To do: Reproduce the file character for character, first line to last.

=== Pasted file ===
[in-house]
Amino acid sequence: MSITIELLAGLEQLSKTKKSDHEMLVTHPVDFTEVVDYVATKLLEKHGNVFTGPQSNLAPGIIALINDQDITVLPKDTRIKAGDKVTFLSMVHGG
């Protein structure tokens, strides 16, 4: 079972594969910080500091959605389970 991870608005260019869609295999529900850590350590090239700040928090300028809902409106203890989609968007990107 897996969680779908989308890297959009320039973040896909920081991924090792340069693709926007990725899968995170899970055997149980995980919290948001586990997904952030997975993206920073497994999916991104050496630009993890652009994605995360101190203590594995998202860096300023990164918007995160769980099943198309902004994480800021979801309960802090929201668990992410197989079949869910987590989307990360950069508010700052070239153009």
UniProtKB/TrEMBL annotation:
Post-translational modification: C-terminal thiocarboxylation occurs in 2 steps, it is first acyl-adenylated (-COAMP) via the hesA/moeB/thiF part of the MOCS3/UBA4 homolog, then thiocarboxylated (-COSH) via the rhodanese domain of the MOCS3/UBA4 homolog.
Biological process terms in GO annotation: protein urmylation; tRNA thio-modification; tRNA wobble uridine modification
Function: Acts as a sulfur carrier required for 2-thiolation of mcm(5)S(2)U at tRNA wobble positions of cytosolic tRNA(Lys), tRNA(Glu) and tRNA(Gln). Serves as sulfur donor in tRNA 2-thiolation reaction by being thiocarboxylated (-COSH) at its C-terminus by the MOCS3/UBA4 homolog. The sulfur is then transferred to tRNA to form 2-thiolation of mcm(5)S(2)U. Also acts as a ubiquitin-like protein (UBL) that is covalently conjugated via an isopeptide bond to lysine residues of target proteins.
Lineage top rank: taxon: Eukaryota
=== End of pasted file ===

[in-house]
Amino acid sequence: MSITIELLAGLEQLSKTKKSDHEMLVTHPVDFTEVVDYVATKLLEKHGNVFTGPQSNLAPGIIALINDQDITVLPKDTRIKAGDKVTFLSMVHGG
């Protein structure tokens, strides 16, 4: 079972594969910080500091959605389970 991870608005260019869609295999529900850590350590090239700040928090300028809902409106203890989609968007990107 897996969680779908989308890297959009320039973040896909920081991924090792340069693709926007990725899968995170899970055997149980995980919290948001586990997904952030997975993206920073497994999916991104050496630009993890652009994605995360101190203590594995998202860096300023990164918007995160769980099943198309902004994480800021979801309960802090929201668990992410197989079949869910987590989307990360950069508010700052070239153009």
UniProtKB/TrEMBL annotation:
Post-translational modification: C-terminal thiocarboxylation occurs in 2 steps, it is first acyl-adenylated (-COAMP) via the hesA/moeB/thiF part of the MOCS3/UBA4 homolog, then thiocarboxylated (-COSH) via the rhodanese domain of the MOCS3/UBA4 homolog.
Biological process terms in GO annotation: protein urmylation; tRNA thio-modification; tRNA wobble uridine modification
Function: Acts as a sulfur carrier required for 2-thiolation of mcm(5)S(2)U at tRNA wobble positions of cytosolic tRNA(Lys), tRNA(Glu) and tRNA(Gln). Serves as sulfur donor in tRNA 2-thiolation reaction by being thiocarboxylated (-COSH) at its C-terminus by the MOCS3/UBA4 homolog. The sulfur is then transferred to tRNA to form 2-thiolation of mcm(5)S(2)U. Also acts as a ubiquitin-like protein (UBL) that is covalently conjugated via an isopeptide bond to lysine residues of target proteins.
Lineage top rank: taxon: Eukaryota